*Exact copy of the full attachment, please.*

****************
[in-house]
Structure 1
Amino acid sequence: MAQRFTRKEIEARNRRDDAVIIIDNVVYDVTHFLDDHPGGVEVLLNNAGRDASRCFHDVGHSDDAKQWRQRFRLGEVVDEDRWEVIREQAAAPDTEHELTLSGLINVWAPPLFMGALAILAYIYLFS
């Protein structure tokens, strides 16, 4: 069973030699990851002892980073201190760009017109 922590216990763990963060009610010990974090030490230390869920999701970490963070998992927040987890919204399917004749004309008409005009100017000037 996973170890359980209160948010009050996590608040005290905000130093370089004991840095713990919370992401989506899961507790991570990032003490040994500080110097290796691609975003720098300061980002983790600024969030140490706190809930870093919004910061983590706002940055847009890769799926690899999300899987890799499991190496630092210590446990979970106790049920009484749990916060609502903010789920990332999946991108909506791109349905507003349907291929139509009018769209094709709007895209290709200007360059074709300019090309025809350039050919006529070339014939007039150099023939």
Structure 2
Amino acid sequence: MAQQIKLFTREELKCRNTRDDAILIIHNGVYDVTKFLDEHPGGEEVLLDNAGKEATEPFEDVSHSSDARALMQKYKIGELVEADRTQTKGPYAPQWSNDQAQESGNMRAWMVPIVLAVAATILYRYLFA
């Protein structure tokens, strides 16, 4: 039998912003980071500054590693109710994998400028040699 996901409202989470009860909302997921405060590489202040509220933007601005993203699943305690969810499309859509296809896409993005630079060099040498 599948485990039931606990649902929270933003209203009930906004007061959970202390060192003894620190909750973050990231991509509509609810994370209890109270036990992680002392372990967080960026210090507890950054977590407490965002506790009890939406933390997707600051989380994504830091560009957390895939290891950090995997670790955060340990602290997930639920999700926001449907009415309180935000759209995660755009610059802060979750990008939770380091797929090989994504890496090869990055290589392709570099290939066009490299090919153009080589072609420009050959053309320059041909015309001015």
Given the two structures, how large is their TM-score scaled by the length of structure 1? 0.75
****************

[in-house]
Structure 1
Amino acid sequence: MAQRFTRKEIEARNRRDDAVIIIDNVVYDVTHFLDDHPGGVEVLLNNAGRDASRCFHDVGHSDDAKQWRQRFRLGEVVDEDRWEVIREQAAAPDTEHELTLSGLINVWAPPLFMGALAILAYIYLFS
């Protein structure tokens, strides 16, 4: 069973030699990851002892980073201190760009017109 922590216990763990963060009610010990974090030490230390869920999701970490963070998992927040987890919204399917004749004309008409005009100017000037 996973170890359980209160948010009050996590608040005290905000130093370089004991840095713990919370992401989506899961507790991570990032003490040994500080110097290796691609975003720098300061980002983790600024969030140490706190809930870093919004910061983590706002940055847009890769799926690899999300899987890799499991190496630092210590446990979970106790049920009484749990916060609502903010789920990332999946991108909506791109349905507003349907291929139509009018769209094709709007895209290709200007360059074709300019090309025809350039050919006529070339014939007039150099023939």
Structure 2
Amino acid sequence: MAQQIKLFTREELKCRNTRDDAILIIHNGVYDVTKFLDEHPGGEEVLLDNAGKEATEPFEDVSHSSDARALMQKYKIGELVEADRTQTKGPYAPQWSNDQAQESGNMRAWMVPIVLAVAATILYRYLFA
């Protein structure tokens, strides 16, 4: 039998912003980071500054590693109710994998400028040699 996901409202989470009860909302997921405060590489202040509220933007601005993203699943305690969810499309859509296809896409993005630079060099040498 599948485990039931606990649902929270933003209203009930906004007061959970202390060192003894620190909750973050990231991509509509609810994370209890109270036990992680002392372990967080960026210090507890950054977590407490965002506790009890939406933390997707600051989380994504830091560009957390895939290891950090995997670790955060340990602290997930639920999700926001449907009415309180935000759209995660755009610059802060979750990008939770380091797929090989994504890496090869990055290589392709570099290939066009490299090919153009080589072609420009050959053309320059041909015309001015």
Given the two structures, how large is their TM-score scaled by the length of structure 1? 0.75